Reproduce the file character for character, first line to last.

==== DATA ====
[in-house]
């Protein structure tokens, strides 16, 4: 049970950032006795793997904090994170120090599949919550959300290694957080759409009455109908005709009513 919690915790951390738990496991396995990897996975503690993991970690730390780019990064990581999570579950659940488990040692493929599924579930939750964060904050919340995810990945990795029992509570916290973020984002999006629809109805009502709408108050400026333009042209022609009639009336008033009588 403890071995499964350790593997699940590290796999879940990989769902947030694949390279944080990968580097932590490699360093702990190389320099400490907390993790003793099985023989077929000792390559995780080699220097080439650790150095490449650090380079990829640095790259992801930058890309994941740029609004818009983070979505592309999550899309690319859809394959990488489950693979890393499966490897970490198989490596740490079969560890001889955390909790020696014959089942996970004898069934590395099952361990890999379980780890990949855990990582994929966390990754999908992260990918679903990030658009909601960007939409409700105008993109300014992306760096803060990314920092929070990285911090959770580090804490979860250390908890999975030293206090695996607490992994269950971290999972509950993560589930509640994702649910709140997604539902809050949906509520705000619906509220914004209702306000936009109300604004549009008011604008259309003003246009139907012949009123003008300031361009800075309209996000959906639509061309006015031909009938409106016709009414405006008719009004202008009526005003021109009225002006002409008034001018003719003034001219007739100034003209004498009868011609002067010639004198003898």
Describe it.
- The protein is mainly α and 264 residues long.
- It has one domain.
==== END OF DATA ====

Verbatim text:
[in-house]
């Protein structure tokens, strides 16, 4: 049970950032006795793997904090994170120090599949919550959300290694957080759409009455109908005709009513 919690915790951390738990496991396995990897996975503690993991970690730390780019990064990581999570579950659940488990040692493929599924579930939750964060904050919340995810990945990795029992509570916290973020984002999006629809109805009502709408108050400026333009042209022609009639009336008033009588 403890071995499964350790593997699940590290796999879940990989769902947030694949390279944080990968580097932590490699360093702990190389320099400490907390993790003793099985023989077929000792390559995780080699220097080439650790150095490449650090380079990829640095790259992801930058890309994941740029609004818009983070979505592309999550899309690319859809394959990488489950693979890393499966490897970490198989490596740490079969560890001889955390909790020696014959089942996970004898069934590395099952361990890999379980780890990949855990990582994929966390990754999908992260990918679903990030658009909601960007939409409700105008993109300014992306760096803060990314920092929070990285911090959770580090804490979860250390908890999975030293206090695996607490992994269950971290999972509950993560589930509640994702649910709140997604539902809050949906509520705000619906509220914004209702306000936009109300604004549009008011604008259309003003246009139907012949009123003008300031361009800075309209996000959906639509061309006015031909009938409106016709009414405006008719009004202008009526005003021109009225002006002409008034001018003719003034001219007739100034003209004498009868011609002067010639004198003898």
Describe it.
- The protein is mainly α and 264 residues long.
- It has one domain.